You may take dextromethorphan and quinidine with or without food.

Your doctor will need to check your progress on a regular basis. This will help your doctor determine how long to treat you with dextromethorphan and quinidine. Your heart function may need to be checked using an electrocardiograph or ECG (sometimes called an EKG).

Store at room temperature away from moisture and heat.

What happens if I miss a dose?

Take the missed dose as soon as you remember. Skip the missed dose if it is almost time for your next scheduled dose. Do not take extra medicine to make up the missed dose.

What happens if I overdose?

Seek emergency medical attention or call the Poison Help line at 1-800-222-1222.

Overdose can cause severe dizziness, confusion, double vision, ringing in your ears, hearing loss, vomiting, fast or irregular heart rate, weak or shallow breathing, or seizure (convulsions).

What should I avoid while taking dextromethorphan and quinidine?

This medication may impair your thinking or reactions. Be careful if you drive or do anything that requires you to be alert. Avoid getting up too fast from a sitting or lying position, or you may feel dizzy. Get up slowly and steady yourself to prevent a fall.

Grapefruit and grapefruit juice may interact with dextromethorphan and quinidine and lead to unwanted side effects. Discuss the use of grapefruit products with your doctor.

Ask a doctor or pharmacist before using any cough or cold medication. Dextromethorphan is contained in many combination medicines. Taking certain products together can cause you to get too much dextromethorphan. Check the label to see if a medicine contains dextromethorphan (Delsym, Robitussin Maximum Strength, Vicks 44, and others).

What are the possible side effects of dextromethorphan and quinidine?

Get emergency medical help if you have any of these signs of an allergic reaction: hives; difficult breathing; swelling of your face, lips, tongue, or throat.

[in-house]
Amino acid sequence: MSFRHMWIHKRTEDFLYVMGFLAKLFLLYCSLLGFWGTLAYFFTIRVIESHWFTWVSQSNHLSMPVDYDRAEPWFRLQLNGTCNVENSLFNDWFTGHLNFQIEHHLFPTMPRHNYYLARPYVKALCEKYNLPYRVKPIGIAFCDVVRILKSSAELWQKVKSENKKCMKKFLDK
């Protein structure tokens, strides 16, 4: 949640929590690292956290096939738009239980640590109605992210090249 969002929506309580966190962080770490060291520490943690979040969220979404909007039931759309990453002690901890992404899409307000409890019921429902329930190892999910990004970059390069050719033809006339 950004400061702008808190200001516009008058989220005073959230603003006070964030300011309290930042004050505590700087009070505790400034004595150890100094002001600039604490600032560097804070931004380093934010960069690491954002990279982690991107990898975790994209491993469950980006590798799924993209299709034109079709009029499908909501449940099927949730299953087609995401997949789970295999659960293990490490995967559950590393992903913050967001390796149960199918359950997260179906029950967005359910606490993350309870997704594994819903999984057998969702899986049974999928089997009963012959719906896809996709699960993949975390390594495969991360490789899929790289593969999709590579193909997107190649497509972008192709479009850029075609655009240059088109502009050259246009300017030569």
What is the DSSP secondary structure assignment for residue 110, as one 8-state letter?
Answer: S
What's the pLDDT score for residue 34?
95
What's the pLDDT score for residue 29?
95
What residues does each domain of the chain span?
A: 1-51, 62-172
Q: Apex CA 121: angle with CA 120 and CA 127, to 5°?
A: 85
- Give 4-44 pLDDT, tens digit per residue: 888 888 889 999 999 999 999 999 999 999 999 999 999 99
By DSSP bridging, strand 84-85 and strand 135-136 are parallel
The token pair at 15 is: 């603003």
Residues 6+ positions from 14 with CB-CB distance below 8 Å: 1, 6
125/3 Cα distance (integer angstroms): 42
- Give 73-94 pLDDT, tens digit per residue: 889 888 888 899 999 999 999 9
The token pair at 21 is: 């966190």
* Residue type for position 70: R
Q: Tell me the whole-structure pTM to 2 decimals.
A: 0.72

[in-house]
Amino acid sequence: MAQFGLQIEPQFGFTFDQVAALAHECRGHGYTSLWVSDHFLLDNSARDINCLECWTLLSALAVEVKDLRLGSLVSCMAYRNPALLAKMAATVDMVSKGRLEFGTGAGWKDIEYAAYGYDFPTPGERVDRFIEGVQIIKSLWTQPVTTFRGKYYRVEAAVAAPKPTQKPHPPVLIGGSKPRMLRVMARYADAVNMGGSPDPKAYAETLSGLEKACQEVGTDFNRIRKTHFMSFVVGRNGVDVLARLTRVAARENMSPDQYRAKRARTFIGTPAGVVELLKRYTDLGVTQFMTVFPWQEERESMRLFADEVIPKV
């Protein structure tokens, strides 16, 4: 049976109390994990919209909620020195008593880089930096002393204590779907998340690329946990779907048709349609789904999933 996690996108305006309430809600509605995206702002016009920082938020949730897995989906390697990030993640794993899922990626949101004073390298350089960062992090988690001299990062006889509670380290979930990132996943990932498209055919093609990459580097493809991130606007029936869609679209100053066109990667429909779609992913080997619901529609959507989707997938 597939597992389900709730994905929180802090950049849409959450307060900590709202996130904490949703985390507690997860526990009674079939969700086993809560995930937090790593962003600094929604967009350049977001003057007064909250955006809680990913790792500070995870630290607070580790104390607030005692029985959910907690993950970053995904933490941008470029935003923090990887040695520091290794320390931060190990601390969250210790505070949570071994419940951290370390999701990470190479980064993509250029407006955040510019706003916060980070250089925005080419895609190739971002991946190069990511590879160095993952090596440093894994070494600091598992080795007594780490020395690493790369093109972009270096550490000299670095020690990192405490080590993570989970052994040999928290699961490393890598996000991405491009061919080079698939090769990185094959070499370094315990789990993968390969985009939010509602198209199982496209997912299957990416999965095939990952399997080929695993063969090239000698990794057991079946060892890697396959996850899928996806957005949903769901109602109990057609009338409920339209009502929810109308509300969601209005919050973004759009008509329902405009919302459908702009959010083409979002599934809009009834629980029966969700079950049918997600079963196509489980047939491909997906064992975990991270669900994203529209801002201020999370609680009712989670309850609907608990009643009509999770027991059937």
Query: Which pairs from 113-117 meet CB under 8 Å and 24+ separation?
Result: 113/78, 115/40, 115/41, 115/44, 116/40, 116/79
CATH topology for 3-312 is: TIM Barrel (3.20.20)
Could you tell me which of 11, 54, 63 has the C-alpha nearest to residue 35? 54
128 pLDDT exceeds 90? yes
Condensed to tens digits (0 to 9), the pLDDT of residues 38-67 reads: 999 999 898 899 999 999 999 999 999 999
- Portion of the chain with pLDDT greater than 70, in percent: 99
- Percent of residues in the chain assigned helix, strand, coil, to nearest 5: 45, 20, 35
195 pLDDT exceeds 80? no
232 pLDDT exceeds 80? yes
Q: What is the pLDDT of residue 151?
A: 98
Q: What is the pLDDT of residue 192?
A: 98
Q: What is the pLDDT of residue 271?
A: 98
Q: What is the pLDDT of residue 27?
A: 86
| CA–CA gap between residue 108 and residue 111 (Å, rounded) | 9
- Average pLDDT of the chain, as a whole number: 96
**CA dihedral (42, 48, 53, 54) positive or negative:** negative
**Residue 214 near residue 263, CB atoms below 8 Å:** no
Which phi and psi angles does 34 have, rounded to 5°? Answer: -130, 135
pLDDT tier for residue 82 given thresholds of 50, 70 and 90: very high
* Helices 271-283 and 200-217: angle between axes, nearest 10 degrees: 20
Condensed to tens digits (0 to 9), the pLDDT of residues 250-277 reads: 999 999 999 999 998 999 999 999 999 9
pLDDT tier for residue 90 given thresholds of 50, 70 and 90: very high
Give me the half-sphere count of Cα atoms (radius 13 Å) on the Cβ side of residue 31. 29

Stop using this medicine and call your doctor at once if you have:

  • headache with chest pain and severe dizziness or fainting;
  • fast or pounding heartbeats, fluttering in your chest;
  • easy bruising or bleeding (nosebleeds, bleeding gums);
  • pain or burning when you urinate;
  • lupus-like symptoms --joint pain or swelling with fever, headaches, confusion, chest pain, shortness of breath, skin sores, butterfly-shaped skin rash on your cheeks and nose, and numbness, cold feeling, or pale appearance of your fingers or toes;
  • liver problems --nausea, upper stomach pain, itching, tired feeling, loss of appetite, dark urine, clay-colored stools, jaundice (yellowing of the skin or eyes); or
  • high levels of serotonin in the body --agitation, hallucinations, fever, fast heart rate, overactive reflexes, nausea, vomiting, diarrhea, loss of coordination, fainting.

Common side effects may include:

  • diarrhea, gas, vomiting;
  • swelling in your hands or feet;
  • dizziness, weakness; or
  • flu symptoms, cough.

Side effects such as dry mouth, constipation, and confusion may be more likely in older adults.

This is not a complete list of side effects and others may occur. Call your doctor for medical advice about side effects. You may report side effects to FDA at 1-800-FDA-1088.

What other drugs will affect dextromethorphan and quinidine?

Many drugs can interact with dextromethorphan and quinidine. Not all possible interactions are listed here. Tell your doctor about all your medications and any you start or stop using during treatment with dextromethorphan and quinidine, especially:

  • aprepitant;
  • an antibiotic --azithromycin, clarithromycin, erythromycin, pentamidine, telithromycin;
  • antifungal medicine --fluconazole, itraconazole, ketoconazole;
  • anti-malaria medication --chloroquine, halofantrine;
  • cancer medicine --arsenic trioxide, vandetanib;
  • HIV or AIDS medicines --atazanavir, fosamprenavir, indinavir, nelfinavir, ritonavir, saquinavir,
  • medicine to treat depression or mental illness --citalopram, escitalopram, nefazodone, pimozide, ziprasidone; or
  • heart or blood pressure medication --diltiazem, disopyramide, dofetilide, ibutilide, sotalol, verapamil.

This list is not complete and many other drugs can interact with dextromethorphan and quinidine. This includes prescription and over-the-counter medicines, vitamins, and herbal products. Give a list of all your medicines to any healthcare provider who treats you.

Where can I get more information?

Your pharmacist can provide more information about dextromethorphan and quinidine.

Remember, keep this and all other medicines out of the reach of children, never share your medicines with others, and use this medication only for the indication prescribed.